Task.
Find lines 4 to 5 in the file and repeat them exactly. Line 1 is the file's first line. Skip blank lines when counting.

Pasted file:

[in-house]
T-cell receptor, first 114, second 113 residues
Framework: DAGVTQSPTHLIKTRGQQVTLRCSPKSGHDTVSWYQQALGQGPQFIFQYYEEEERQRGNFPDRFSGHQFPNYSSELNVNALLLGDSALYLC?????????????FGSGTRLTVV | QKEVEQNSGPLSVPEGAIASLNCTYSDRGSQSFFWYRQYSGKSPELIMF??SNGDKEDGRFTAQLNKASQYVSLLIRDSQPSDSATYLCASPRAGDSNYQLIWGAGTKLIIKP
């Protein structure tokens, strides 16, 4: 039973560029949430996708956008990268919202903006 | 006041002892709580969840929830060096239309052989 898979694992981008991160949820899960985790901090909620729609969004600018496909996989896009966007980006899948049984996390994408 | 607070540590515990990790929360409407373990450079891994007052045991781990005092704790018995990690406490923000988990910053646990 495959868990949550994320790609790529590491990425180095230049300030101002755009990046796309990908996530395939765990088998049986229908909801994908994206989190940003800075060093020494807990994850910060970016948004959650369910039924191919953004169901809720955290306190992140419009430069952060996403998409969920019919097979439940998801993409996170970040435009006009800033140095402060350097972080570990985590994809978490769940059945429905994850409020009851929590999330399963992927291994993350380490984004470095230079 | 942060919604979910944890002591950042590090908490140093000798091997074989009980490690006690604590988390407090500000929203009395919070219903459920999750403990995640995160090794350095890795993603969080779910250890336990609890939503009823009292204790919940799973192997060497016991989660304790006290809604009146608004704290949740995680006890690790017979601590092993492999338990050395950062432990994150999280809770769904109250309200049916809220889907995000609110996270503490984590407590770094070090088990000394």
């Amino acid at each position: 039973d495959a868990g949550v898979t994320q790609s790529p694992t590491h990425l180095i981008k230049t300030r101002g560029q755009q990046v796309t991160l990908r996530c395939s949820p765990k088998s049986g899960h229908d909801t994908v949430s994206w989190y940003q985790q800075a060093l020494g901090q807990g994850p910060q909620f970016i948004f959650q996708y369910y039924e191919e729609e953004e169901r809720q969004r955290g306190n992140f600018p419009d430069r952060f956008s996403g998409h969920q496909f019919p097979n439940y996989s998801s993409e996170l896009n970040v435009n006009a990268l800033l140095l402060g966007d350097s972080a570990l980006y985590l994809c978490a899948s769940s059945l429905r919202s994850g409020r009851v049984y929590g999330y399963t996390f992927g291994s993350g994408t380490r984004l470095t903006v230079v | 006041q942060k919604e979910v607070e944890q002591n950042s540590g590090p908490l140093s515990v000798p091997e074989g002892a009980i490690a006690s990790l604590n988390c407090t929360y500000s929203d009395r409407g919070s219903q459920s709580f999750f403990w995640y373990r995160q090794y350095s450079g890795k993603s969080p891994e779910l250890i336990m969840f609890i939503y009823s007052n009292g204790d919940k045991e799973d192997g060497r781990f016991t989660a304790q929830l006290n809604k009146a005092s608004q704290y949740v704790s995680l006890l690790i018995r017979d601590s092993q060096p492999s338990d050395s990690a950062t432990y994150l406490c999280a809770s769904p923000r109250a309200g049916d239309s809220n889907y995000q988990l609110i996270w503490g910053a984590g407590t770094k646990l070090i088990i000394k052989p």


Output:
């Protein structure tokens, strides 16, 4: 039973560029949430996708956008990268919202903006 | 006041002892709580969840929830060096239309052989 898979694992981008991160949820899960985790901090909620729609969004600018496909996989896009966007980006899948049984996390994408 | 607070540590515990990790929360409407373990450079891994007052045991781990005092704790018995990690406490923000988990910053646990 495959868990949550994320790609790529590491990425180095230049300030101002755009990046796309990908996530395939765990088998049986229908909801994908994206989190940003800075060093020494807990994850910060970016948004959650369910039924191919953004169901809720955290306190992140419009430069952060996403998409969920019919097979439940998801993409996170970040435009006009800033140095402060350097972080570990985590994809978490769940059945429905994850409020009851929590999330399963992927291994993350380490984004470095230079 | 942060919604979910944890002591950042590090908490140093000798091997074989009980490690006690604590988390407090500000929203009395919070219903459920999750403990995640995160090794350095890795993603969080779910250890336990609890939503009823009292204790919940799973192997060497016991989660304790006290809604009146608004704290949740995680006890690790017979601590092993492999338990050395950062432990994150999280809770769904109250309200049916809220889907995000609110996270503490984590407590770094070090088990000394």
């Amino acid at each position: 039973d495959a868990g949550v898979t994320q790609s790529p694992t590491h990425l180095i981008k230049t300030r101002g560029q755009q990046v796309t991160l990908r996530c395939s949820p765990k088998s049986g899960h229908d909801t994908v949430s994206w989190y940003q985790q800075a060093l020494g901090q807990g994850p910060q909620f970016i948004f959650q996708y369910y039924e191919e729609e953004e169901r809720q969004r955290g306190n992140f600018p419009d430069r952060f956008s996403g998409h969920q496909f019919p097979n439940y996989s998801s993409e996170l896009n970040v435009n006009a990268l800033l140095l402060g966007d350097s972080a570990l980006y985590l994809c978490a899948s769940s059945l429905r919202s994850g409020r009851v049984y929590g999330y399963t996390f992927g291994s993350g994408t380490r984004l470095t903006v230079v | 006041q942060k919604e979910v607070e944890q002591n950042s540590g590090p908490l140093s515990v000798p091997e074989g002892a009980i490690a006690s990790l604590n988390c407090t929360y500000s929203d009395r409407g919070s219903q459920s709580f999750f403990w995640y373990r995160q090794y350095s450079g890795k993603s969080p891994e779910l250890i336990m969840f609890i939503y009823s007052n009292g204790d919940k045991e799973d192997g060497r781990f016991t989660a304790q929830l006290n809604k009146a005092s608004q704290y949740v704790s995680l006890l690790i018995r017979d601590s092993q060096p492999s338990d050395s990690a950062t432990y994150l406490c999280a809770s769904p923000r109250a309200g049916d239309s809220n889907y995000q988990l609110i996270w503490g910053a984590g407590t770094k646990l070090i088990i000394k052989p």